VIDEO: Sales Safari in Action

It’s like Christmas! And I get to play Santa. Have you been a good little human? Let’s see what I have here for you…

Ooh, hooray! It’s 20 minutes of Safari video lessons from the old version of 30×500!

As I mention in my 2-minute intro, these video lessons are a little bit outdated. Actually, the intro is a little outdated as well but don’t let that stop you :D

Since these were filmed, 18 months ago, Alex and I dramatically changed the way we taught Sales Safari. We systematized it out the wazoo. And you can just ask anyone from our last 30×500, it really works.

In (the newer, awesomer) 30×500, you learn how to:

  • identify good sources of data
  • identify the first level of pain (obvious)
  • identify the second level of pain (why is this even being talked about? what’s the core here? why do they care?)
  • turn that, using a handy dandy process, into what people want (their dream)…
  • and, via the same process, brainstorm many product concepts based on this
  • and also, same research again, come up with marketing content that the audience will go crazy for (read, use, share)
  • and how to use that to bootstrap your very first product

Again, it’s infinitely more systematized in the new class. :)

But, there’s still great stuff in this old video. It’s still a more detailed approach than you’ll find anywhere else.

This video demonstrates the level of Safari research that I used to create Freckle and my other products which have made plenty of money. The newer systematized Safari is easier to learn, faster to implement, and faster to get results… but the old way still works!

Imagine this on systematized steroids and you’ll get the idea.

Enjoy the show… and let me know how you’ll make use of it!


Want help getting your hands dirty?

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Questions? Email me!

Discussion

  1. Qrs

    Great video. Normalising the audio would make it a lot better, though. One gentleman was like 150% as loud as the other.

    Reply
  2. George Brown

    How can you find an online community where the members are willing to purchase and they list significant problems? I’m looking at programming forums and they are asking how to work with arrays or some such… but those kinds of questions aren’t a monetizable product; the people asking them aren’t going to buy an ebook because there are already thousands of intro to programming ebooks.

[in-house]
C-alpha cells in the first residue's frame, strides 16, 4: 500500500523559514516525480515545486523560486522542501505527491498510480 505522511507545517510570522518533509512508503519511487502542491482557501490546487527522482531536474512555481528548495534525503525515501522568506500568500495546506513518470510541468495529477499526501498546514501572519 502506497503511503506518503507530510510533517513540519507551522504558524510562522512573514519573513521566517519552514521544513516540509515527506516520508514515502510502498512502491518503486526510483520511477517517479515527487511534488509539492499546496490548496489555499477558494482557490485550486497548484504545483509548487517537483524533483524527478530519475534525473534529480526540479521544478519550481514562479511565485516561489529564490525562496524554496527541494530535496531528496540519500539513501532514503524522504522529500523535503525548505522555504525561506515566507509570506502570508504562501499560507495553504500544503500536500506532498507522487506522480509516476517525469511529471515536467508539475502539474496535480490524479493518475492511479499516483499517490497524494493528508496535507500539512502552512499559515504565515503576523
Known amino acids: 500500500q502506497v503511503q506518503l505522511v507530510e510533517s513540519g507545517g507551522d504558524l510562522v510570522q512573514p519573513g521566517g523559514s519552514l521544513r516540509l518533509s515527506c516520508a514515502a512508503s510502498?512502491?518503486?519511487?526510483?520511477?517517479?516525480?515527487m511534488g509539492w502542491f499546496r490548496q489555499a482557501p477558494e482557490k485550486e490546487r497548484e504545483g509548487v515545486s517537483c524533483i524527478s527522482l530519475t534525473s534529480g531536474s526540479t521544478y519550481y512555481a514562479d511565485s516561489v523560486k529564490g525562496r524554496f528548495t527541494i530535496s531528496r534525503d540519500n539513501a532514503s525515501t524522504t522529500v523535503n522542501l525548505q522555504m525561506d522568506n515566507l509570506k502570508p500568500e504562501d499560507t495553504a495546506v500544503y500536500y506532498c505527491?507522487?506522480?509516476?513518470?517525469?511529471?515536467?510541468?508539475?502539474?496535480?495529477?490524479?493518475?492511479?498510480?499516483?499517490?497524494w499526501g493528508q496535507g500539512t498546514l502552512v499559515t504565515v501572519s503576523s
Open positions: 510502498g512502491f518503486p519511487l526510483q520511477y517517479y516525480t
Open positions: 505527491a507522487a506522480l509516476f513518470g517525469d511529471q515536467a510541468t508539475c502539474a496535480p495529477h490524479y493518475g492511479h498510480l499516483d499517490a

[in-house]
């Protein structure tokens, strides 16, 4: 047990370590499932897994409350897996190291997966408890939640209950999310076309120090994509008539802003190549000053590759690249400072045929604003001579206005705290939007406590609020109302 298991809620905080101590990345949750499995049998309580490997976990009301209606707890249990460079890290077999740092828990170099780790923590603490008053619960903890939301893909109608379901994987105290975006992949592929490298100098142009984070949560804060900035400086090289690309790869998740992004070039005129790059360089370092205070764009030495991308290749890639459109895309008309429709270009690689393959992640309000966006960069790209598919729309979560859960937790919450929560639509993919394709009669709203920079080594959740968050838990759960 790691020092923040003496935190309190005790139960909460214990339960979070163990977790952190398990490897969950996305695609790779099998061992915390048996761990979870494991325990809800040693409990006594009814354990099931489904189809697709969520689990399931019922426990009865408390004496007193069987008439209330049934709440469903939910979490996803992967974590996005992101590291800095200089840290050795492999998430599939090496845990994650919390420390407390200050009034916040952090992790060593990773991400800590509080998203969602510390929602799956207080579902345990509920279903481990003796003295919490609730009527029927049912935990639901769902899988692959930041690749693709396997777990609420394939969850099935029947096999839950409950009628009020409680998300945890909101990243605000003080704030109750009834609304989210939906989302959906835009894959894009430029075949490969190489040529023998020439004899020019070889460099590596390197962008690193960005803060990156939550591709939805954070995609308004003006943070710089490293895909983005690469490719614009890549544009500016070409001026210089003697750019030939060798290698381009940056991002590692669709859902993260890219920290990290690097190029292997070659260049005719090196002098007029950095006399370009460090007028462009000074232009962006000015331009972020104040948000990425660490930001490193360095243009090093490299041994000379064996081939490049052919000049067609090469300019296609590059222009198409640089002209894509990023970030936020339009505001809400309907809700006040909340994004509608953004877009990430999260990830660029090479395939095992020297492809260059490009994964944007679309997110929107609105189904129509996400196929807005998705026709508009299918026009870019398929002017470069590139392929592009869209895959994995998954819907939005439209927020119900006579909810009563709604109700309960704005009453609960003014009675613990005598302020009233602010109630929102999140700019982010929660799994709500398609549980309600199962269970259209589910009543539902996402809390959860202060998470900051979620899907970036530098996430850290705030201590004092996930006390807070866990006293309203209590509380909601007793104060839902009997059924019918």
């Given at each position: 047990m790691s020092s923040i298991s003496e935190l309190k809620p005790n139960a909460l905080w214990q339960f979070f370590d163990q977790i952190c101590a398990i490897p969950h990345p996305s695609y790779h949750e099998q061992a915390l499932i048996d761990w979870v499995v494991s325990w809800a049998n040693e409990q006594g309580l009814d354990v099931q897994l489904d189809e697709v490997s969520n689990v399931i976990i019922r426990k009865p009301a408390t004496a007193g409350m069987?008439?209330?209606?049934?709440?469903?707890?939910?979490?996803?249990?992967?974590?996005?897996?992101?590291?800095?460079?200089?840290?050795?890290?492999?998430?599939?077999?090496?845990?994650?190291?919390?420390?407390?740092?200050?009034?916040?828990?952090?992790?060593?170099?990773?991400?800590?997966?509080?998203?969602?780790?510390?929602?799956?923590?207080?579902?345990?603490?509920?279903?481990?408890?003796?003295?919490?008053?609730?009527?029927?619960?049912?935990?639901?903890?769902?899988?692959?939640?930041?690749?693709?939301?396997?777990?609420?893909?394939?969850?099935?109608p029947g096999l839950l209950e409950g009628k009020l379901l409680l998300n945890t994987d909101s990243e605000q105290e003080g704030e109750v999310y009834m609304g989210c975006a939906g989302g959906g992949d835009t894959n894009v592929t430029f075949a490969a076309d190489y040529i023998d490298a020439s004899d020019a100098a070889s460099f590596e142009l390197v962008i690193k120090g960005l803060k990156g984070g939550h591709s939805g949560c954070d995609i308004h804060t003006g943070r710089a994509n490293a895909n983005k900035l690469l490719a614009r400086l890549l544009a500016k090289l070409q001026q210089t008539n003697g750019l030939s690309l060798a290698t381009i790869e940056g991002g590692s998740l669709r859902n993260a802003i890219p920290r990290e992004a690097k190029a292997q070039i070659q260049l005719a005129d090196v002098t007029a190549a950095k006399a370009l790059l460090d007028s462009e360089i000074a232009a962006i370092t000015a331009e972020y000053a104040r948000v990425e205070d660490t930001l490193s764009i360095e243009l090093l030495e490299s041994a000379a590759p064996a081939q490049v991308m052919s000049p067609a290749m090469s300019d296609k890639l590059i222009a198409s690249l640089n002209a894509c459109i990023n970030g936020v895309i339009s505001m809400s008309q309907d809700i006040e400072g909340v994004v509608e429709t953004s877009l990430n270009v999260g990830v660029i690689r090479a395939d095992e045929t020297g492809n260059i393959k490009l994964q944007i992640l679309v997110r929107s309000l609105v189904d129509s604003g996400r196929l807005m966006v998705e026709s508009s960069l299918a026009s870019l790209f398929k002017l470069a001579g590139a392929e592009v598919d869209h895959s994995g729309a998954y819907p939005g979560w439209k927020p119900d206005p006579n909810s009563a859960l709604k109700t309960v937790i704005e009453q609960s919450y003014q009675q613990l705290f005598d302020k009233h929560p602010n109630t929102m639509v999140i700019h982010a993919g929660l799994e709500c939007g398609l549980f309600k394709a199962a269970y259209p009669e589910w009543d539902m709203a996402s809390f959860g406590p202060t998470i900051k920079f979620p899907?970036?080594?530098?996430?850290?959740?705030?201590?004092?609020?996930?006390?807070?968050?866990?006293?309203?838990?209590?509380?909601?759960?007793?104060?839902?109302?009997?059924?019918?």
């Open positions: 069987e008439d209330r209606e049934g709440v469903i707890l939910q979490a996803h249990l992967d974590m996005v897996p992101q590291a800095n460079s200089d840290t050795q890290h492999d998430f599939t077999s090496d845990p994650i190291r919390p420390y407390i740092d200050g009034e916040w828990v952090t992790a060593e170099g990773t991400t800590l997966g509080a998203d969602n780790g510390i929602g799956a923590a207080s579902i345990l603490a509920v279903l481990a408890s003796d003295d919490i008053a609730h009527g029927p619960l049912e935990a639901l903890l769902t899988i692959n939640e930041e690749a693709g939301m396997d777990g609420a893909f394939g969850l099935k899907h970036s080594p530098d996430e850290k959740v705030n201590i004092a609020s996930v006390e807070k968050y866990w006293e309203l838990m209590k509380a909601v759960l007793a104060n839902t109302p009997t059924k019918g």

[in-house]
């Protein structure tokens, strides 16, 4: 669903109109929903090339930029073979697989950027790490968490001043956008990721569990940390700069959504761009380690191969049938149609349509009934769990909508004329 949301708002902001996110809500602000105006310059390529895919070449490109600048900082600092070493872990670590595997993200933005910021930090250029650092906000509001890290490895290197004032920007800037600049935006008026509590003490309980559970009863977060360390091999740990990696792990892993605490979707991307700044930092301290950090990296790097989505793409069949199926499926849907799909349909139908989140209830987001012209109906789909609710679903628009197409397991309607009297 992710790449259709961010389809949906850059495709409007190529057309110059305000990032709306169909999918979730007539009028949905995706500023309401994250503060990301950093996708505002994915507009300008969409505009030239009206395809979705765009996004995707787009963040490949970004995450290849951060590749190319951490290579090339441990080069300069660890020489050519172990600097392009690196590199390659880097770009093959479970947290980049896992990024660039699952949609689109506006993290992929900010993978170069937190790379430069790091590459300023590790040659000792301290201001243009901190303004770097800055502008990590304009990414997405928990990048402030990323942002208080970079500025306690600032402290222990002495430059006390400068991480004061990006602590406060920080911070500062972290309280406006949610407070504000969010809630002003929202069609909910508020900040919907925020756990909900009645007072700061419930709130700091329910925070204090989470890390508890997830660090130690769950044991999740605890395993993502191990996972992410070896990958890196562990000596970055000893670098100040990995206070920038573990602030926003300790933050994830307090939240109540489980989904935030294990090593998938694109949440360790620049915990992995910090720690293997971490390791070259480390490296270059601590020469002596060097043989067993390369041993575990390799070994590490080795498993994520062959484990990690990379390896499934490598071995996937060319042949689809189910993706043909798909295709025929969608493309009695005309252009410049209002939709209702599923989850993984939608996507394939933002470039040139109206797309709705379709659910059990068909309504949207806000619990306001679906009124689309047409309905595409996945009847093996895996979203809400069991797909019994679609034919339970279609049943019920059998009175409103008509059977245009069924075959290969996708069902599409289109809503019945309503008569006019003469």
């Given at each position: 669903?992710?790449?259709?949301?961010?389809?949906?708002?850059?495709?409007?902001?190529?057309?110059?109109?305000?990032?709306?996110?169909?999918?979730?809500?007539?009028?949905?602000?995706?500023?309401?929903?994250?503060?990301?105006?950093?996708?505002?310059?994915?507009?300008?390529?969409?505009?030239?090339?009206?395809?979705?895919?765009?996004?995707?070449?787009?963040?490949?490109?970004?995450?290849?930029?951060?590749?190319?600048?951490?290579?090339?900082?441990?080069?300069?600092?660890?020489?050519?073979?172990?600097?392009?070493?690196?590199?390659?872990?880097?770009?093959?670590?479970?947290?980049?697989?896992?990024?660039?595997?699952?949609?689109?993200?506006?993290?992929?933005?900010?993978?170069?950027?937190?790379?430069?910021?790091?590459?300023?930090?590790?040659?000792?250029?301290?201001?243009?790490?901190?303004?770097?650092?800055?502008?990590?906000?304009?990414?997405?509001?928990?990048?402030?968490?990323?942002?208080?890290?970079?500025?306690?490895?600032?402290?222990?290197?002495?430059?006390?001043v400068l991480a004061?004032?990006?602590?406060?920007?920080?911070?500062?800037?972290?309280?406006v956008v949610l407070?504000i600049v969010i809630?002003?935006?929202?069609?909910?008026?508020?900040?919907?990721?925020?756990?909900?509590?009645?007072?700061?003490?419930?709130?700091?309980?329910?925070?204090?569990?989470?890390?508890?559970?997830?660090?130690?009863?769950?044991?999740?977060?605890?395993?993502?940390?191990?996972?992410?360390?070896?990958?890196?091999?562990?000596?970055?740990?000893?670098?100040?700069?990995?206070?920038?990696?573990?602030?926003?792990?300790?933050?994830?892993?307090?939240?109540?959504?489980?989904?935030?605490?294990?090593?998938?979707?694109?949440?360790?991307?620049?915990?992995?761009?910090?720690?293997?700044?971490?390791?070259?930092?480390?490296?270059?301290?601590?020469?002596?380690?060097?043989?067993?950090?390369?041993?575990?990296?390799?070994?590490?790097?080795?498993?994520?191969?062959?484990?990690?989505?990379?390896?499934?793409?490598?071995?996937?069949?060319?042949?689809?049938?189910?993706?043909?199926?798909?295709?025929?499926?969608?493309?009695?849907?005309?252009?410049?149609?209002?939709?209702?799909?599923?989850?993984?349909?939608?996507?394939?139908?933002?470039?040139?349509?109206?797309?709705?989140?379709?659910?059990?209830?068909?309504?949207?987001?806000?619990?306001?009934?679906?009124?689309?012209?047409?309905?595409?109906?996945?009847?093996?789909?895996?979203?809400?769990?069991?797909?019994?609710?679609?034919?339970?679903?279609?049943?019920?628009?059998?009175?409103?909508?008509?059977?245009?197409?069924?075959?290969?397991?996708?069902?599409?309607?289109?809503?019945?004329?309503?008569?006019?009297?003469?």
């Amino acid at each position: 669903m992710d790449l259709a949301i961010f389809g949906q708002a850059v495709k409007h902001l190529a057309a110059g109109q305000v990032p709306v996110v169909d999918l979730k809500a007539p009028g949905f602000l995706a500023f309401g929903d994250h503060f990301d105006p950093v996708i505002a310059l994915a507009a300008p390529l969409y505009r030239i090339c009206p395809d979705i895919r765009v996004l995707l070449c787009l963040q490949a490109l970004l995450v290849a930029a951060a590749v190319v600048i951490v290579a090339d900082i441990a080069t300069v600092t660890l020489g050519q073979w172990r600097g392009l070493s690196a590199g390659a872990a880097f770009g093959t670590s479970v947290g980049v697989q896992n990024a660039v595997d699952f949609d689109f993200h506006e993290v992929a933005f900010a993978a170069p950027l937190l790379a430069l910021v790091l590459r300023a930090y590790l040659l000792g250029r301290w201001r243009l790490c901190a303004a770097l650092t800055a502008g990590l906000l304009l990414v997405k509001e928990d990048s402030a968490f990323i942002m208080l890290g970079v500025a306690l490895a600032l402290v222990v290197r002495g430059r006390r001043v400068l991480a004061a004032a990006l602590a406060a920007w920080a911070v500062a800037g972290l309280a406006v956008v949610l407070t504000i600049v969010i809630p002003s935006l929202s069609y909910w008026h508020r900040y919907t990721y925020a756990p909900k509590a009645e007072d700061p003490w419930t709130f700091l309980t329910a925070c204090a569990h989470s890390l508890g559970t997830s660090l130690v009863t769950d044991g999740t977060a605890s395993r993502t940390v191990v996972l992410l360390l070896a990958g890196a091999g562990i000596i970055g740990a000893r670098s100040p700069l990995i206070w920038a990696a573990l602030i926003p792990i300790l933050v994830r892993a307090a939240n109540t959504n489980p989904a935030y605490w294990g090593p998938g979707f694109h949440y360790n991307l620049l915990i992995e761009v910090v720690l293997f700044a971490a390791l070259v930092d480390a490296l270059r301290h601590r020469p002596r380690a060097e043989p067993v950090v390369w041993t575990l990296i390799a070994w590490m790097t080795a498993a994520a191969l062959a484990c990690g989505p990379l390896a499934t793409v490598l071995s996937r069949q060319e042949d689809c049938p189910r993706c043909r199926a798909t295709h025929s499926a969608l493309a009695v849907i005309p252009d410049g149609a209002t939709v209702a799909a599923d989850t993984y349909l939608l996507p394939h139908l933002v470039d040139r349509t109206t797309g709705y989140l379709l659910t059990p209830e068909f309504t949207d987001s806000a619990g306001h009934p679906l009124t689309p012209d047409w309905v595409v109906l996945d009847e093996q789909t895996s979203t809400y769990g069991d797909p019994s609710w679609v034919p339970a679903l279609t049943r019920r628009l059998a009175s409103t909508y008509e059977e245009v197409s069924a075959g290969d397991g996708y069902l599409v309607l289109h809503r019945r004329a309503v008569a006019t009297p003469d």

Reply
    • Michael Sutton

      Good questions, George.

      I took the Winter 2012 30×500 course so I can answer your questions based on what we learned in class:

      (Note: I can’t give away too many secrets, or Amy might hunt me down – but I’ll try to give you a rough idea!)

      1. We were given a step-by-step system, and a list of techniques, for finding online communities (or as we call them, “Watering Holes”) where people in our target audience hang out.

      These methods ranged from basic and obvious to obscure and outside-the-box (all useful, and thorough). In total there must have been at least 100 different ways, and we contributed our own too.

      1. We were also given a list of criteria for evaluating each online community we found. This helped us filter out the bad ones and focus on the viable ones where people communicated (i.e. shared their pains with one another) and spent money. There were other factors too, but the two you mentioned were definitely emphasized.

      2. You’re right, some questions (pains) aren’t serious enough to base a product on. We learned that pain exists on a spectrum…. some pains only fall into the “meh, it’s sort of annoying but I’m fine…” territory… while others fall into “OMG, I’ll pay anything to avoid this!!!) territory…

      Importantly, we learned how to evaluate the pains we found to determine whether people would pay money to solve them, and whether they were prevalent enough to support a product.

      Reply
      • George Brown

        This sounds invaluable. Thanks, Michael, that is a great explanation.

    • Amy Hoy

      George,

      “the people asking them aren’t going to buy an ebook because there are already thousands of intro to programming ebooks”

      That’s a pack of assumptions right there :)

      Example: Are “intro to programming books” the solution to these people’s problems? If so, why don’t they buy them? Or do they buy them and not use them, or do the books not solve their problems at all?

      You can’t say “Oh, this person asked a question about arrays. Now there’s a place for a product.” You have to look at the bigger picture. What do the questions means? What other questions do people have? What’s systemic? Why haven’t they solved these problems already?

      Reply
      • George Brown

        You are right, I am jumping to conclusions :)

        Those are good questions to think about, thank you, Amy.

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